Photo gallery Cool Science Images 2017

March 28, 2017 By Chris Barncard

Ten images and two videos by University of Wisconsin–Madison students, faculty and staff have been named winners of the 2017 Cool Science Image Contest.

A panel of eight experienced artists and scientists judged the scientific content and aesthetic and creative qualities of 131 images and videos entered in the 7th annual competition.

2017 Winning Cool Science Images

Video Winners

Two tiny globs of different kinds of fat — mostly liquid oil on the left, mainly solid fat on the right — are teased together until they combine into a droplet that retains some of the physical characteristics of both the oil and solid. This partial coalescence gives foods like ice cream and whipped topping their appealing texture and melting properties. Video by Abbey Thiel, graduate student, Hartel Lab, Food Science | Microscope

Hundreds of puffballs of the fungus Lycoperdon pyriforme cloud the air with spores during a rain shower. The puffball is the fungi’s reproductive structure, “puffing” out spores when bumped by something (like raindrops). The spores, distributed by the slightest breeze, can germinate to form new colonies of fungi feeding on decaying wood or other organic matter. Video by Cid Freitag, academic staff, DoIT Academic Technology | iPod Touch

“Scientists are rightly proud of the images they produce, but most of them end up printed at postage stamp size in a scientific journal,” says Steve Paddock, a contest judge, UW–Madison scientist, and science education fellow with the Howard Hughes Medical Institute. “This was an especially diverse group of subjects, and a great opportunity for them to get the audience they deserve.”

The 2017 winners include fauna from the backwaters of the Mississippi River and flora used as scaffolding to grow human tissue from stem cells, as well as a nebula that reminds stargazers of a running man and sparkling brain cells that reminded the contest judges of stars.

The images and videos were made using instruments ranging from smartphone cameras to telescopes to scanning electron microscopes, and each tells at least a piece of a story of discovery.

“I was trained to collect the most aesthetically pleasing images possible,” says Paddock. “There are so many images out there that contain important scientific information, but are also interesting as art. They draw you in.”

The Cool Science Image Contest is intended to recognize the technical and creative skills required to capture images or video that document science or nature. The contest is sponsored by Madison’s Promega Corp., with additional support from DoIT Digital Publishing and Printing Services and the UW–Madison Arts Institute.

Winning entries are shared widely on various UW–Madison websites, and all entries are showcased in a slide show at the Wisconsin Science Festival and in concert with a fall exhibit of winners at the McPherson Eye Research Institute’s Mandelbaum and Albert Family Vision Gallery.

UW-Madison 2017 Cool Science Image Contest winners are:

Sarah Brodnick, research specialist and lab manager in biomedical engineering, and Tim Korinek of Synergy Technologies for their scanning electron micrograph of a microscopic gold particle striking and melting a polymer surface.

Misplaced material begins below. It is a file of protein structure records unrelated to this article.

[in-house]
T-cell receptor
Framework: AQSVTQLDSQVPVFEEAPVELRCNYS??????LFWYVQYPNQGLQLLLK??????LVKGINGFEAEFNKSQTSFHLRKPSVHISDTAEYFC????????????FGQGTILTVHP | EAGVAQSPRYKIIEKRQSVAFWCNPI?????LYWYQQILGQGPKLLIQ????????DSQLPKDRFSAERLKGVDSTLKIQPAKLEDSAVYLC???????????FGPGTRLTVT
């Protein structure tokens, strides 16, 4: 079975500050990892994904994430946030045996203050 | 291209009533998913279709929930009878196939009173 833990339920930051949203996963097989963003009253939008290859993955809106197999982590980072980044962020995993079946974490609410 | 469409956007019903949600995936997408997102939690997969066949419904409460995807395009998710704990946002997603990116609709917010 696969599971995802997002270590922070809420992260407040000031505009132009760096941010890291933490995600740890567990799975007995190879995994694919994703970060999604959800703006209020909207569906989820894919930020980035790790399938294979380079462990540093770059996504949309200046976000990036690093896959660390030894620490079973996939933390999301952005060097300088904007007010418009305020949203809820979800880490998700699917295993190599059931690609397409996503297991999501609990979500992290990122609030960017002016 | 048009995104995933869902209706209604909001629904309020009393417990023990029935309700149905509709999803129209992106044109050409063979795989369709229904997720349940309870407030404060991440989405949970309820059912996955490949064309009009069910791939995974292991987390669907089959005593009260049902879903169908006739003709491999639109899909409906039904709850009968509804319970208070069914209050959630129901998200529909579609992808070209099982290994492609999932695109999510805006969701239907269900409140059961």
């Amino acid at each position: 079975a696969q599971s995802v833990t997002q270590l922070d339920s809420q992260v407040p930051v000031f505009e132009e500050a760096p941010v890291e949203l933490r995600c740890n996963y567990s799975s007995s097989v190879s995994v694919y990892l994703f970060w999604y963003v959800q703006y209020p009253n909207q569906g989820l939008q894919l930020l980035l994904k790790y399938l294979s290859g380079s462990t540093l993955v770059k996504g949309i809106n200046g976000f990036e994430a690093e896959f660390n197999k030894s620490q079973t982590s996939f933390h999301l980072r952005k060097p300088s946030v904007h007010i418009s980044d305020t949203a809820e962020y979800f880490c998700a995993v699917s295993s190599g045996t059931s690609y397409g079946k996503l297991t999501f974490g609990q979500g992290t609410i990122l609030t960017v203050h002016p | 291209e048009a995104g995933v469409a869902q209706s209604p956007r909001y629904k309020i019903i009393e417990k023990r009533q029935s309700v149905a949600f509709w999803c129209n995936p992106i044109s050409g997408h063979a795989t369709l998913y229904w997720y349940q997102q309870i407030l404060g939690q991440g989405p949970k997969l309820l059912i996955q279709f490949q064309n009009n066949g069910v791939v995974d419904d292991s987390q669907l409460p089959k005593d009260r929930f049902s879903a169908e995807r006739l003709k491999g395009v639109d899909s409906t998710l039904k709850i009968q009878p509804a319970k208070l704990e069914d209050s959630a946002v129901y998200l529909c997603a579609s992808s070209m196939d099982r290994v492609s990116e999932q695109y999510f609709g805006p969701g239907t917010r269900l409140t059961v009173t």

Allison Cardiel, graduate student in chemistry, for her scanning electron micrograph of the flower-like, nanoscale structure of a copper crystal used as a catalyst in hydrogen fuel production.

Jayadevi Chandrashekhar, research specialist at the Waisman Center, and Kaylyn Freeman, undergraduate student researcher at Waisman, for their micrograph of neurons in the brain of a mouse.

Miranda Cullins, postdoc in otolaryngology-head and neck surgery, for her micrograph of the woven muscle fibers that give the human tongue its range of movement.

Gianluca Fontana, postdoc in orthopedics and rehabilitation, for his scanning electron micrograph of human connective tissue growing on a decellularized parsley stem.

Cid Freitag, DoIT Designing Learning Experiences Studio Program Manager, for her video of hundreds of puffball fungi releasing clouds of spores.

Celia Glime, undergraduate student majoring in art and biology, for her photo illustration of a range of colors produced in test tubes by various chemical reactions.

Kyle Karlen, student of veterinary medicine, for his thermal camera image of a Holstein calf’s face taken to measure the pain response from a routine procedure in dairy cattle.

Natalia Lucero, undergraduate student majoring in communication arts and environmental studies, for her photograph of a tiny jumping spider alighted on the edge of a sheaf of paper.

Colin MacDiarmid, associate scientist in the Nutritional Sciences Department, for his photo — shot through a telescope — of a pair of nebulae in the sword of the constellation Orion.

Joseph McDonald, master’s student in public health, for his photograph of a Northern leopard frog hiding in the murky water of a marsh.

Abbey Thiel, graduate student in food science, for her video showing the partial mixture of different fats that give foods like ice cream and whipped toppings their appealing texture and melting properties.

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Tags: arts, awards, science